Rooney Caps Off Decade in Congress Fighting for Everglades Restoration and Florida Environment
Washington, DC – The Everglades and Florida estuaries will continue to receive funds needed for preservation and protection as a result of Congressman Thomas J. Rooney’s efforts on the House Appropriations Committee's 2018 Interior and Environment Appropriations Bill.
“Restoring the Everglades is an important effort to preserve our environment and keep Florida beautiful,” Rooney said. “The last decade has been challenging for Florida’s environment, to say the least, but this money will go a long way in making sure we are doing all we can to protect our natural resources at home.”
Rooney, a senior member of the House Appropriations Committee, successfully secured over $671 million for programs and funds to protect Florida’s natural resources in this year’s bill, capping off a decade of commitment to Florida’s environmental issues and eliminating burdensome regulations in Congress.
“This funding isn’t just important for our natural resources but it’s also beneficial to our taxpayers as well,” Rooney said. “Instead of stuffing the pockets of Washington regulators, this funding benefits those in our communities who work in and appreciate our environment every day.”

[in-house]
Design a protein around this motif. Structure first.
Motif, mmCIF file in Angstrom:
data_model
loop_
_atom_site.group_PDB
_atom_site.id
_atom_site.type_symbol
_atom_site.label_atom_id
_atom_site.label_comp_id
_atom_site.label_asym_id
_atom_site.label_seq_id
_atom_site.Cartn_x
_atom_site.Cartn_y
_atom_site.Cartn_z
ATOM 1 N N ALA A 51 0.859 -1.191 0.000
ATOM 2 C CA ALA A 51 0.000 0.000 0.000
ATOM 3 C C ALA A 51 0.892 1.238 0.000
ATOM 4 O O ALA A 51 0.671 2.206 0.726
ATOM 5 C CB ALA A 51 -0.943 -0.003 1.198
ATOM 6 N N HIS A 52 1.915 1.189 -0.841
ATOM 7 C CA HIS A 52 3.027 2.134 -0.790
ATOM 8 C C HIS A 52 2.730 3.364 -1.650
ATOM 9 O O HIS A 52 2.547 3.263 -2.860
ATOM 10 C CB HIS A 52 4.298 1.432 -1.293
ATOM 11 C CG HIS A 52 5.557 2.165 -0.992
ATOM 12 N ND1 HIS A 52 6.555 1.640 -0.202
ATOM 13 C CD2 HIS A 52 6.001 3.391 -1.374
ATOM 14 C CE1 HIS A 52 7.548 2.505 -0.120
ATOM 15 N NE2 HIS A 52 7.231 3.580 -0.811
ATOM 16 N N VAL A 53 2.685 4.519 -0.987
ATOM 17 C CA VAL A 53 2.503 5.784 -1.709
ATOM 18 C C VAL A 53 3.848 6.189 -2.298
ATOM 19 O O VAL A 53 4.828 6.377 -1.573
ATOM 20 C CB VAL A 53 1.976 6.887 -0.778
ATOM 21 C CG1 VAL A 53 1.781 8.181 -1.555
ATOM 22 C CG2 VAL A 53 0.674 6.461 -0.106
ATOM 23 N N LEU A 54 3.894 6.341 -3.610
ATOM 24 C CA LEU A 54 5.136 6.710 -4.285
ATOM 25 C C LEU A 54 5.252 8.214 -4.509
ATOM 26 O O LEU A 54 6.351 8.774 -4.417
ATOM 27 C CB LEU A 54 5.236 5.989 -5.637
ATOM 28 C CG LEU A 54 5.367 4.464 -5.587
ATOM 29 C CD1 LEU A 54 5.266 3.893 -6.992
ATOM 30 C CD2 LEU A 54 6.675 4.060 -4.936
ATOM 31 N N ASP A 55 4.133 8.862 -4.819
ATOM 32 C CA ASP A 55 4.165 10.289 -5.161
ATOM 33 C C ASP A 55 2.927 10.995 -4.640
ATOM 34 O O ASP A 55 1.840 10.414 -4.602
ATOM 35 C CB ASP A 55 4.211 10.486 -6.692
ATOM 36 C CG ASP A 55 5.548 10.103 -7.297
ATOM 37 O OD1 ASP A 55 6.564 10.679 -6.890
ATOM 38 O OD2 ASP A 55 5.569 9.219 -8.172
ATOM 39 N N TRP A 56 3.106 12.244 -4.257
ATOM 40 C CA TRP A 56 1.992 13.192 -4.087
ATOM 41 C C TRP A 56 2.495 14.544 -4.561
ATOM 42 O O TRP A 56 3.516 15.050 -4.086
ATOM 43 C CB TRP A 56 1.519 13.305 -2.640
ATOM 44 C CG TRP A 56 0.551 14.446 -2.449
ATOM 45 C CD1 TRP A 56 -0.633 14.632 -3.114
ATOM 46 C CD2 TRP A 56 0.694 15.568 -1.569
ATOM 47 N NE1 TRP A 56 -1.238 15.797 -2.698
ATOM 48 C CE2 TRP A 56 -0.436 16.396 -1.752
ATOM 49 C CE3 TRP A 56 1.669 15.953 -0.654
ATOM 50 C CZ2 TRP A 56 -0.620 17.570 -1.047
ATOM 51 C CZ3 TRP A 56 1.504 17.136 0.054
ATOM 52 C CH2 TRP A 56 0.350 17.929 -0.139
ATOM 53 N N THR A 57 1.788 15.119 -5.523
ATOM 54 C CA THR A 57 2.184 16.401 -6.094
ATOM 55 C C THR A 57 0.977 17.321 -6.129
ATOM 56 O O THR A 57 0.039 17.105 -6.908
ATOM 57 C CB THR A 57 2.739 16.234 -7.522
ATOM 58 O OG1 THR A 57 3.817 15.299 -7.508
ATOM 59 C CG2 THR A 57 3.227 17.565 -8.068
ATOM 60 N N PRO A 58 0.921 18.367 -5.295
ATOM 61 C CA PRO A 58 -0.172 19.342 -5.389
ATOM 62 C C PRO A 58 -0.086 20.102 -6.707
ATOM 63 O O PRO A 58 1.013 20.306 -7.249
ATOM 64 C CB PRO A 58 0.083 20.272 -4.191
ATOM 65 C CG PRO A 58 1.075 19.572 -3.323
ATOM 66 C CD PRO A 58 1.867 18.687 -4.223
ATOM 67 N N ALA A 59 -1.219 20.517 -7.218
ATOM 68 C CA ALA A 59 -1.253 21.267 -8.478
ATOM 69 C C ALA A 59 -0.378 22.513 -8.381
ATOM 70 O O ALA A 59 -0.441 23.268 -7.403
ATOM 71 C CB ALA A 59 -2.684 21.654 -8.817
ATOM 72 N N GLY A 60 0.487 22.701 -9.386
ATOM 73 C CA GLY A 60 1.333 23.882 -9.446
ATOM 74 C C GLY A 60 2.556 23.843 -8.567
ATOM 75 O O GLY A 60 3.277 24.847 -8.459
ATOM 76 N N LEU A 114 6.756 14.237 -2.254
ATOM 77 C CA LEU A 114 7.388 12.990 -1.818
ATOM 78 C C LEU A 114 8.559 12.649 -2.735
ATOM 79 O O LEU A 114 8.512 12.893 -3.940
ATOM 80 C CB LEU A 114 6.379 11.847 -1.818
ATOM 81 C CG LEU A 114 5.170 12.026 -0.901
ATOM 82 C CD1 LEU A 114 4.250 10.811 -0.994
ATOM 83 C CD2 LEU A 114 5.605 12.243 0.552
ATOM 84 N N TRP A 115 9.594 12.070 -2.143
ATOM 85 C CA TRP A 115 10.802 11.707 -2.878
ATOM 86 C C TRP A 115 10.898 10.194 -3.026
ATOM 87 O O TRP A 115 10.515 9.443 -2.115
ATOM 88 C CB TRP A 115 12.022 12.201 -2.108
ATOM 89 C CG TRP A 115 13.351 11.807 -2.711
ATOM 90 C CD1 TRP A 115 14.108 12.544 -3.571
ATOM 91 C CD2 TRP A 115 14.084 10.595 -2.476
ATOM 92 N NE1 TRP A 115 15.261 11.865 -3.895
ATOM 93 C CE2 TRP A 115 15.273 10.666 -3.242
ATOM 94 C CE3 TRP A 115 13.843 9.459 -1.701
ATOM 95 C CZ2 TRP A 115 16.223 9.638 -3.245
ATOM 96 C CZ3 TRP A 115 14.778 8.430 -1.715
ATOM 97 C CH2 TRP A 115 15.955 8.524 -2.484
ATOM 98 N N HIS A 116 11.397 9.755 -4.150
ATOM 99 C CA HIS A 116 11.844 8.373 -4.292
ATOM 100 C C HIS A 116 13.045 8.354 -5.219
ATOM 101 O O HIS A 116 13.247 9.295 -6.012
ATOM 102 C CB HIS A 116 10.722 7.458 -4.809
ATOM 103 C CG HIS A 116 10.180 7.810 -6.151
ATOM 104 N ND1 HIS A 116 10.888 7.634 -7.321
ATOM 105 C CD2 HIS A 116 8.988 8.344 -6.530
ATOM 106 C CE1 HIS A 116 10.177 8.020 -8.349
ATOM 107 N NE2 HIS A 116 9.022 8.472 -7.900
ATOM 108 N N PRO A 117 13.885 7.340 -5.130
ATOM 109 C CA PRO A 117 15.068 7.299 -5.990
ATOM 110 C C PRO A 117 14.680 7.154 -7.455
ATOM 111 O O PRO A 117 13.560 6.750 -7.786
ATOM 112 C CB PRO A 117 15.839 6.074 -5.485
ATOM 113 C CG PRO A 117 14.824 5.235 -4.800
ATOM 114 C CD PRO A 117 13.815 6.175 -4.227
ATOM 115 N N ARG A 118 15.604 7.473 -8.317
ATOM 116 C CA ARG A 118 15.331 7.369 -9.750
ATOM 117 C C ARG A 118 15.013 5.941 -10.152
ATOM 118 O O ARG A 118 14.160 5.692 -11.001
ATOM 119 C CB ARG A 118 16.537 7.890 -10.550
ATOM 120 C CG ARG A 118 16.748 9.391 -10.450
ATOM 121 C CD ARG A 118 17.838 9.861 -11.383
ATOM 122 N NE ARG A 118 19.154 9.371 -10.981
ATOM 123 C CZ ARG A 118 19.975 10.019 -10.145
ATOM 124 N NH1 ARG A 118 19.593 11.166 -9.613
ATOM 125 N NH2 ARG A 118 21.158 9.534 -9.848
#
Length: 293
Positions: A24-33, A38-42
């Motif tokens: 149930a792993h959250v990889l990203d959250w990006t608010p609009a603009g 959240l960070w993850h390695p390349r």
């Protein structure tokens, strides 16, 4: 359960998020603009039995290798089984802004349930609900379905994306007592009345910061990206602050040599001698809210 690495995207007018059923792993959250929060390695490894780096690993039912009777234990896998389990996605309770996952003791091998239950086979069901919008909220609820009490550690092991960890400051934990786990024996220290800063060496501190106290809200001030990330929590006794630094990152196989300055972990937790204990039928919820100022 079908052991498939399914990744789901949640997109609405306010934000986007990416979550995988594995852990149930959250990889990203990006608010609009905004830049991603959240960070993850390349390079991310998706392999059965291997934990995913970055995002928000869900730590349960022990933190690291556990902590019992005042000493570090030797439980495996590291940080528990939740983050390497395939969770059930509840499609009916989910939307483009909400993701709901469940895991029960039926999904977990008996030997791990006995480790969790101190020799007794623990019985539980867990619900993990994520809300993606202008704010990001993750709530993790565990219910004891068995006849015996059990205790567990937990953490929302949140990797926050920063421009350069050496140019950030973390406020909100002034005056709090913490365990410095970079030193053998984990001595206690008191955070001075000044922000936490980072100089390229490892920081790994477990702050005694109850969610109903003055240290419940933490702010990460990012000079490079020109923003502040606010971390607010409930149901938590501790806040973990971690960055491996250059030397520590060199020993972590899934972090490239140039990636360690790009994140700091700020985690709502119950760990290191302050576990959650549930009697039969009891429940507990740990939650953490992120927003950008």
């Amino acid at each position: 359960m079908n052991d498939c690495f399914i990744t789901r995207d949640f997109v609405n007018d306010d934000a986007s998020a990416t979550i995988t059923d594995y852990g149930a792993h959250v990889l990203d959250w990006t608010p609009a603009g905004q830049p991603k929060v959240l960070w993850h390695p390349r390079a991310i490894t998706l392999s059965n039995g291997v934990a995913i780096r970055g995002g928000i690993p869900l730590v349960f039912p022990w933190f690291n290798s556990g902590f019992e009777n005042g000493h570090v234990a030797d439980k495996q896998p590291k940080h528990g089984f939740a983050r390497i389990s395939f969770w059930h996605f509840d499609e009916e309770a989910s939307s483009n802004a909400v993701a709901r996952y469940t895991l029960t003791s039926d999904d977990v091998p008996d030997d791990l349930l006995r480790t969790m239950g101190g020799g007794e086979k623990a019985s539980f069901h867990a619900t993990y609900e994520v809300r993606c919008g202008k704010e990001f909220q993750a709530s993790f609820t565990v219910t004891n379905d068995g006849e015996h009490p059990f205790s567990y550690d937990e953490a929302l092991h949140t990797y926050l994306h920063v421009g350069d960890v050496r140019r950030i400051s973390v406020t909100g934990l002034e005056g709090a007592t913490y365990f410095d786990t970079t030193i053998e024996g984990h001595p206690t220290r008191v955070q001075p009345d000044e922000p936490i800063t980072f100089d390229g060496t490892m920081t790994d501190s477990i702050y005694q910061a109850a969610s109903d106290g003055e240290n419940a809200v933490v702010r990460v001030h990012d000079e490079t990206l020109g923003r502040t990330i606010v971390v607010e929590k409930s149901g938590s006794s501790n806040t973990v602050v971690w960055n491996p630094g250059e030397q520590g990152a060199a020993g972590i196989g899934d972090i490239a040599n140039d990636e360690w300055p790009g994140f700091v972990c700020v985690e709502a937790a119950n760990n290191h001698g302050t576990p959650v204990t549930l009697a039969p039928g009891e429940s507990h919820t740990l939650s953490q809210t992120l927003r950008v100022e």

The bill, which funds the Department of the Interior, Environmental Protection Agency (EPA), Forest Service, Indian Health Service and various related agencies, includes the following funding and language requests from Rooney:
- $360 million to support the Land and Water Conservation Fund conservation easements and land acquisitions
- $157 million for ecosystem programs under the U.S. Geological Survey, including those in the Everglades
- Nearly $92 million for the National Water Quality Program, with no less than $2.8 million for harmful algal blooms
- $75 million for the Environmental Protection Agency, Water Infrastructure Finance and Innovation Program Account, which replaces aging infrastructure and protects groundwater flowing from local streams to estuaries
- Nearly $48 million for programs designed to improve water ecosystems, including the National Estuary Program, which supports three estuaries in South Florida – Charlotte Harbor, the Indian River Lagoon and Tampa Bay
- Prohibition on the use of funds by the EPA or any other agency to regulate the lead content of ammunition or fishing tackle
- Direction for EPA to expedite and support development and approval of potential cures and treatments for citrus greening disease
- Limitation on funds being used to issue new restrictions on hunting, fishing and recreational shooting.
In total, the bill provides over $35 billion in funding, equal to the Fiscal Year 2018 level. The bill funds EPA at nearly $8 billion, $100 million below the Fiscal Year 2018 level, reducing the agency’s regulatory programs by $228 million.